Iraq MPs approve new government, Kerry to visit region



BAGHDAD, Ammar Karim- Iraqi MPs approved a new cabinet on Monday but key security posts remained unfilled, as America's top diplomat prepared to visit the region to build a coalition against jihadists.
New premier Haidar al-Abadi had come under heavy international pressure to form an inclusive government to win broad support against militants, led by the Islamic State (IS) jihadist group, who have seized much of the country's Sunni heartland.



The outgoing government has faced criticism that by alienating the Sunni Arab minority, it helped create conditions that revitalised Sunni militants including IS.
Giving Sunnis a greater stake in power could help encourage them to join a counter-offensive against the jihadists.
New UN human rights chief Prince Zeid Ra'ad Al Hussein said the atrocities IS had committed in areas under its control had shown Sunnis that jihadist rule promised only a "house of blood", while the head of Egypt's prestigious Al-Azhar religious institution also condemned the group.
The key parliament session opened with speaker Salim al-Juburi struggling to maintain order and many MPs absent, but a total of 289 out of 328 eventually turned up.
- Key posts unfilled -
MPs approved three deputy prime ministers and 21 ministers in individual votes on Monday, but the key interior and defence posts and others remain empty.
Abadi has asked for a week to fill them, during which time he will run the ministries in an acting capacity.
The previous government also began with various posts unfilled, and acting ministers served for the next four years.
The oil ministry went to former vice president Adel Abdel Mahdi, the foreign ministry to former prime minister Ibrahim al-Jaafari, and finance to former deputy premier Roz Nuri Shaways.
Saleh al-Mutlak will continue as deputy prime minister, while the other two deputy premier posts went to ex-foreign minister Hoshyar Zebari and MP Baha al-Araji.
The cabinet so far runs heavily to Shiite Arabs, who make up the majority of Iraq's population, and includes only one woman.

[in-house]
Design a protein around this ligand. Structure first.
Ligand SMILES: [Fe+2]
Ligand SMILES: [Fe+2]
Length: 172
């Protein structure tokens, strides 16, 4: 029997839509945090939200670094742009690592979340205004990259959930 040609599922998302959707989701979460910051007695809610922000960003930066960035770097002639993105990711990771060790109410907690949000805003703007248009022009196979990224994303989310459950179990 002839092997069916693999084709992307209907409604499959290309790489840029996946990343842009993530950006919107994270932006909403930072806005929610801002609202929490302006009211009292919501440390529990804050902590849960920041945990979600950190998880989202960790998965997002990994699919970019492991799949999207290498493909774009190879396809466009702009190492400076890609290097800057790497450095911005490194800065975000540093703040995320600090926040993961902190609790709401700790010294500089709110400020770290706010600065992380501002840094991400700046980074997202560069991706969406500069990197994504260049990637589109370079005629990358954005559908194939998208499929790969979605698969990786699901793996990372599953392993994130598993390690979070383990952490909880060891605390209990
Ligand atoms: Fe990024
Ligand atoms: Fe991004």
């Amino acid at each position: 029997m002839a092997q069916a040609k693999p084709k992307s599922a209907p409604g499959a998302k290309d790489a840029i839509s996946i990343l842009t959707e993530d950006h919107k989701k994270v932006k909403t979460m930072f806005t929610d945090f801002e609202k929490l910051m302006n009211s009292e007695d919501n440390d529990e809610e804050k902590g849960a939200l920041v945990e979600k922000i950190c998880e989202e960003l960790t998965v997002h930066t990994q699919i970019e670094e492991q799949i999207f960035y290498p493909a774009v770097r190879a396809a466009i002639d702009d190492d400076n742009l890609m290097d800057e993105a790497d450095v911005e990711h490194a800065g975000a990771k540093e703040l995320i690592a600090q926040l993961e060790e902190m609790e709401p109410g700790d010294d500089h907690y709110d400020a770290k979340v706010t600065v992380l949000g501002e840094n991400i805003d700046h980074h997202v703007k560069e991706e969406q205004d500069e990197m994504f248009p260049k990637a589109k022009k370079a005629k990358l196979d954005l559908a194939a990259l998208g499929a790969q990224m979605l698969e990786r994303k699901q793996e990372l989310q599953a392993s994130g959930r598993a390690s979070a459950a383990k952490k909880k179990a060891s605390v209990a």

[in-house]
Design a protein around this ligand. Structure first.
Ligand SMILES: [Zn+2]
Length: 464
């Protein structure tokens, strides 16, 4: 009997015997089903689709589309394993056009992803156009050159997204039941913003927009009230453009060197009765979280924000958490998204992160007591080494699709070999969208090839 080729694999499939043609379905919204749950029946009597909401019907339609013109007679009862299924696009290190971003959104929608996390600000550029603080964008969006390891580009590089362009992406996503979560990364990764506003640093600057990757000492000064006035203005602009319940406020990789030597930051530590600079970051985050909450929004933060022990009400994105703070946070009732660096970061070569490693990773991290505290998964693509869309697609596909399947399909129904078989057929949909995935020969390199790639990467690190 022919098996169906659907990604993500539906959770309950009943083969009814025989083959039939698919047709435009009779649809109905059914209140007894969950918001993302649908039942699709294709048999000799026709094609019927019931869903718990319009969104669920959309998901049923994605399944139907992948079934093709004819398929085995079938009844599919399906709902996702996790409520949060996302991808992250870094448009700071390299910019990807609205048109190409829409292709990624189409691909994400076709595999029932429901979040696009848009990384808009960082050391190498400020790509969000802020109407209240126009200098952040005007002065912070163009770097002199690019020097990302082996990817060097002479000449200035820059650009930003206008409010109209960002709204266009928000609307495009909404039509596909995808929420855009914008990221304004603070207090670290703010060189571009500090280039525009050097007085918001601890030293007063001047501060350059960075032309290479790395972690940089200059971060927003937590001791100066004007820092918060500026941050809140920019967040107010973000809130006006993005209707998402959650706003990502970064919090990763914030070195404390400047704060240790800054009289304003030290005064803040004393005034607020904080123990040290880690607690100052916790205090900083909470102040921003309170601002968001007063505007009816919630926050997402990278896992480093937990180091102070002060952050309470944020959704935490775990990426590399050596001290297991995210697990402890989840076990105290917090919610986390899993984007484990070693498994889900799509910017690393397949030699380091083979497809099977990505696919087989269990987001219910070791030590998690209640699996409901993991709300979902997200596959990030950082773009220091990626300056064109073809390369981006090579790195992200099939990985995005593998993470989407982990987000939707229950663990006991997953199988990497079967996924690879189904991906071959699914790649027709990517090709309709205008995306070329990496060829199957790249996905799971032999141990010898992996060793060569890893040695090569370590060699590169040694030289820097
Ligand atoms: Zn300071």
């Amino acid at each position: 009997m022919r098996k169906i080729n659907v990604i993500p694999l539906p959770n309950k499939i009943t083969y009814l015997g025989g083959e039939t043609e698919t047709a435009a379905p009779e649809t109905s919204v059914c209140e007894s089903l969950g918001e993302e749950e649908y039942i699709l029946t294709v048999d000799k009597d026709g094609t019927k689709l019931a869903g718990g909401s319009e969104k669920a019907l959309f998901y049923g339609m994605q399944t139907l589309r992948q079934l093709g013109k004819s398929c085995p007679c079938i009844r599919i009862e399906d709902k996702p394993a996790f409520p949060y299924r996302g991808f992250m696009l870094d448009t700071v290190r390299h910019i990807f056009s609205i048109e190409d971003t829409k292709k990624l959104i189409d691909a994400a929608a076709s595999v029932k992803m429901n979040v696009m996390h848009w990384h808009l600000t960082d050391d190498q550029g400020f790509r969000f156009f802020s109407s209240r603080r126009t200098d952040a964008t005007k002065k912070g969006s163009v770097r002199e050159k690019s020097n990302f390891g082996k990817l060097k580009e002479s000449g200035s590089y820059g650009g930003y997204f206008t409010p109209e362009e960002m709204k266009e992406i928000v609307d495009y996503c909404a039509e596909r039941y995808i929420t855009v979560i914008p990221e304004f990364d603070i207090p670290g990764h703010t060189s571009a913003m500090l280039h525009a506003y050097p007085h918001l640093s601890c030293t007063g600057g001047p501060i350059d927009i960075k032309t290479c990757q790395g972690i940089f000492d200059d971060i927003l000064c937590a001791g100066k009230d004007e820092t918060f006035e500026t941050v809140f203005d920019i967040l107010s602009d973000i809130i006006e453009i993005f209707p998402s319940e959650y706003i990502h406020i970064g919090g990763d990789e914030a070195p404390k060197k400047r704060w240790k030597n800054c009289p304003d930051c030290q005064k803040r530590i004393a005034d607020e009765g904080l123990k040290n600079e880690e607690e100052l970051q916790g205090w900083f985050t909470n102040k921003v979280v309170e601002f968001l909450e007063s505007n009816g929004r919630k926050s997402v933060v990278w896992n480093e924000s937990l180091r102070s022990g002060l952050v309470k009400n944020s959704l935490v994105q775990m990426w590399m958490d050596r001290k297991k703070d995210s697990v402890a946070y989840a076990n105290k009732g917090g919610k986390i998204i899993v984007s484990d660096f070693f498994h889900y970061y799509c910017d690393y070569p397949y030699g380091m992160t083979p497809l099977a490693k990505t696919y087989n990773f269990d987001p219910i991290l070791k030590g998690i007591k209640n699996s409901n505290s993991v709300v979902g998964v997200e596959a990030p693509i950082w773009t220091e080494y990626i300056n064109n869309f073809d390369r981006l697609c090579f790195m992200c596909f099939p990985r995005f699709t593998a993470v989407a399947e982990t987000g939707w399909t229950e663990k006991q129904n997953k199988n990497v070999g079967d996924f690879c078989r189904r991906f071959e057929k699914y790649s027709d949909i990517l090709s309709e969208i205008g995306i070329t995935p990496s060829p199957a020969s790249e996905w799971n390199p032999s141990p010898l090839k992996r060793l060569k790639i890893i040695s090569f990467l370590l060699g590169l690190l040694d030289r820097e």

Parliament also approved three fierce rivals as the country's new vice presidents: former premiers Nuri al-Maliki and Iyad Allawi, and ex-parliament speaker Osama al-Nujaifi.
The participation of Iraq's Kurds -- who have a three-province autonomous region that is at odds with Baghdad over issues including territory and division of the country's vast natural resources -- was agreed only at the last minute.
Kurdish leaders met in the northern city of Sulaimaniyah to discuss whether to take part in the government, but their MPs had apparently not received the final word when parliament opened and were waiting in the cafeteria.
They later arrived in the chamber, and Kurdish MP Ala Talabani announced during the session that the Kurds would participate in the government on a three-month trial period.
In remarks to parliament outlining his proposed programme, Abadi said that "my government is committed to solve all suspended issues with the Kurdistan Regional Government".
Of the cabinet-level posts agreed Monday, the Kurds received two ministries and a deputy premiership.
- Kerry heading to region -
US President Barack Obama, who made his political career opposing the war in Iraq and pulled out American troops in 2011, promised to unveil a long-awaited strategy on Wednesday to tackle IS in both Iraq and neighbouring Syria.
"We are going to systematically degrade their capabilities. We're going to shrink the territory that they control. And ultimately we're going to defeat them," Obama said in an interview aired Sunday on NBC's "Meet the Press".
He said he would not announce the return of US ground troops to Iraq and would focus instead on a "counter-terrorism campaign".
Secretary of State John Kerry was to leave the United States on Tuesday on a trip to Jordan and Saudi Arabia as part of efforts to build an international coalition to counter the IS militants.
A State Department spokeswoman said that more than 40 countries have already indicated a willingness to help out in some way against the jihadists.
- 'House of blood' -
Prince Zeid, the first Muslim and Arab to serve as UN High Commissioner for Human Rights, said that IS had already shown the world what its rule would be like if it was left unchecked.
"It would be a harsh, mean-spirited house of blood," he said in his maiden speech to the UN Human Rights Council. IS "has demonstrated absolute and deliberate disregard for human rights".
The bloodshed continued on Monday when gunmen and suicide bombers attacked the town of Dhuluiyah, north of Baghdad, killing 18 people, police and a doctor said.
Sheikh Ahmed al-Tayyeb, the head of Egypt's Al-Azhar, Sunni Islam's highest seat of learning, also sharply criticised IS jihadists, calling them "criminals" transmitting a "tarnished and alarming image of Muslims".
Washington expanded its air strikes to the Sunni Arab heartland over the weekend, hitting IS targets around a key dam on the Euphrates that troops have been battling to defend with the support of allied tribes.
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Tuesday, September 9th 2014
Ammar Karim
           


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